You can now use the command line as you would under any linux operating system or as you would from an SSH terminal window.  Try typing in "ls" to view the contents of the current directory.   You will see the contents of the "home" directory including a directory labeled "logi-apps".  In short, the LOGI-Apps are a "plug and play" way of running the LOGI demo projects.  We have packaged all that you need into each of the "Apps" so that you can simply run "sudo ./make_demo.sh" from within the App directory and everthing else will be taken care of for you.  We use the "make_demo" shell script to compile any needed code, update packages, configure the Raspberry Pi, handle any other house keeping and then Load the FPGA with the bitstream and run any needed executables on the Raspberry to Pi to complete the application.  Sometime we just want to watch a move, not understand how the movie is made.  So, sit back, relax and enjoy the movie.  

For a Full overview of the LOGI-Apps, available LOGI-Apps, links to Documentation and the projects that the LOGI-Apps are based upon see the LOGI-Apps wiki page here

Let's run our first LOGI-App!  The Blink LED LOGI-App or "hello world"  is the basis of what all of the other LOGI-Apps are based upon.  It is a complete FPGA project that can be run very easily from the Raspberry Pi by simply loading the FPGA project bitfile into the FPGA.  This is where the LOGI-Tools come into play.  In this case we call the "logi_loader" to load the bitfile from within the "make_demo" shell script.  If you are interested in seeing what is in the make_demo.sh, run "nano make_demo.sh".  You will be able to see the how simple this App is, just load the bitstream.  Also note that in each App there is a README.TXT that has basic instructions and links to any reference documentation that might be needed to run the App.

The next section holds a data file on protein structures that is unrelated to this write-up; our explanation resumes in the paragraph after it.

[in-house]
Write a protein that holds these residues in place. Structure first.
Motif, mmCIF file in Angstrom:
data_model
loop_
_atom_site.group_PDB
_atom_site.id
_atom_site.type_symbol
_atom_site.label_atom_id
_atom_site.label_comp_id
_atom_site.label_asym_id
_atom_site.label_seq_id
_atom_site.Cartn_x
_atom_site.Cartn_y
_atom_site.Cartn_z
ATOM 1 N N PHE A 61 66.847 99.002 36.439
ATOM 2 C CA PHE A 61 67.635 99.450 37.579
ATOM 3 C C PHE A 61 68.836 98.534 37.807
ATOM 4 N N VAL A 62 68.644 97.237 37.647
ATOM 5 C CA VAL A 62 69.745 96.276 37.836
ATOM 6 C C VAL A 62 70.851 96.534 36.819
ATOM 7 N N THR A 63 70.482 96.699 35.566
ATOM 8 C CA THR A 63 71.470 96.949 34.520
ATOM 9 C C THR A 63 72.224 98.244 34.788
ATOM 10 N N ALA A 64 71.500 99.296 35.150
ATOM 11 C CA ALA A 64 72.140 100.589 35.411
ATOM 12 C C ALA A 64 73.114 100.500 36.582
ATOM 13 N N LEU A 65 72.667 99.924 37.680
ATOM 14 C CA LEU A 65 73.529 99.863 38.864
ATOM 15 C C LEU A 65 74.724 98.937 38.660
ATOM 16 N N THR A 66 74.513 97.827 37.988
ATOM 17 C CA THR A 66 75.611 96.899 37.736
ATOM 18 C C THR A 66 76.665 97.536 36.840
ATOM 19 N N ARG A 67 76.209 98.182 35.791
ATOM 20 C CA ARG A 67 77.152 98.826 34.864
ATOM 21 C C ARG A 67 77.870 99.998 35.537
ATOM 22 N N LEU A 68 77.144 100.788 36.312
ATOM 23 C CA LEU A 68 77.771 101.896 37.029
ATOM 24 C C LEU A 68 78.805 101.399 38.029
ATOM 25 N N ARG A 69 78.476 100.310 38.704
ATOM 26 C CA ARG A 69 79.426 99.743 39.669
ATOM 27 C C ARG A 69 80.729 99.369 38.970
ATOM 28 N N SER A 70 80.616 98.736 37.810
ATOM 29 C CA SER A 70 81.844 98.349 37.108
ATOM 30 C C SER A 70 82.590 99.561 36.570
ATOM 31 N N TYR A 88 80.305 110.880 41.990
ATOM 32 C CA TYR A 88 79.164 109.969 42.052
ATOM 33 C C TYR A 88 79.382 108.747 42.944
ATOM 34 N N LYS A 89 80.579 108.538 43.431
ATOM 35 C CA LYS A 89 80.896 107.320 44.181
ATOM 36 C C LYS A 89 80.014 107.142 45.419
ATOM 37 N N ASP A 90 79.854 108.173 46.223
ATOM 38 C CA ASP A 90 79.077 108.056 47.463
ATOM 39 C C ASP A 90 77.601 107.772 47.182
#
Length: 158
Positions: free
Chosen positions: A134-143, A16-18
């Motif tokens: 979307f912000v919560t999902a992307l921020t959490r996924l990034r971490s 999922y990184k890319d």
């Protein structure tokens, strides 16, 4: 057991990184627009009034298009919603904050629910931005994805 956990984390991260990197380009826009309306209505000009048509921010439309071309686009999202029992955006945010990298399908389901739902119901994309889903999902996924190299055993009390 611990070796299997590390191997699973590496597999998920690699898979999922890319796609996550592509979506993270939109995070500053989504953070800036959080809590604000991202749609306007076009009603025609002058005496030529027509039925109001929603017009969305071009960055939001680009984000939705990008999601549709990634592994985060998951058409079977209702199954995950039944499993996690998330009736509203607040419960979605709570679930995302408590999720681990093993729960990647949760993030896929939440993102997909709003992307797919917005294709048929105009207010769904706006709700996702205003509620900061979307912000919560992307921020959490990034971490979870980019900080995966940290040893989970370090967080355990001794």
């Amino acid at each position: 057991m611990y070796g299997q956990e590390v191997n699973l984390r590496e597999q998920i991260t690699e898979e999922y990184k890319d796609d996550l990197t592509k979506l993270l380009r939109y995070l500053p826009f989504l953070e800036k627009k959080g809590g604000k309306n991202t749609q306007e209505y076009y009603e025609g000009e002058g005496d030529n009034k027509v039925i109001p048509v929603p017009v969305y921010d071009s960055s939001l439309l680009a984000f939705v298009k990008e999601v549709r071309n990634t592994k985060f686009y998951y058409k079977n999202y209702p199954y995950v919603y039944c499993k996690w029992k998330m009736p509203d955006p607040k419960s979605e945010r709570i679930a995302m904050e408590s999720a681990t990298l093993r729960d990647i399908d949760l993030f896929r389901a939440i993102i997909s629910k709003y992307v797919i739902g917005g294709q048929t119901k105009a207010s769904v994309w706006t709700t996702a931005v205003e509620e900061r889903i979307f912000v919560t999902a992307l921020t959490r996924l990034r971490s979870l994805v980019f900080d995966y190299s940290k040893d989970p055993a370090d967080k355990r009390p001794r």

2)  Navigate to the logi-apps directory from the pi home directory.  See image "Figure - Running the LOGI-Apps - Raspbian" below for reference.

  • " cd ~/logi-apps " - This will navigate to the logi-apps directory
  •  "ls" - this will output all of the contents within the logi-apps directory.  You will note the different directories for each App.  

The LOGI-Apps is a git repository and we will be updating and adding new Apps to the as often as possible.  In order to make sure you have the latest LOGI-Apps you should "update" your logi-apps repository periodically to "pull" in any updates from the remote github logi-apps repo, found here. 

3) Update the logi-apps repository. See image "Figure - Running the LOGI-Apps - Raspbian" below for reference.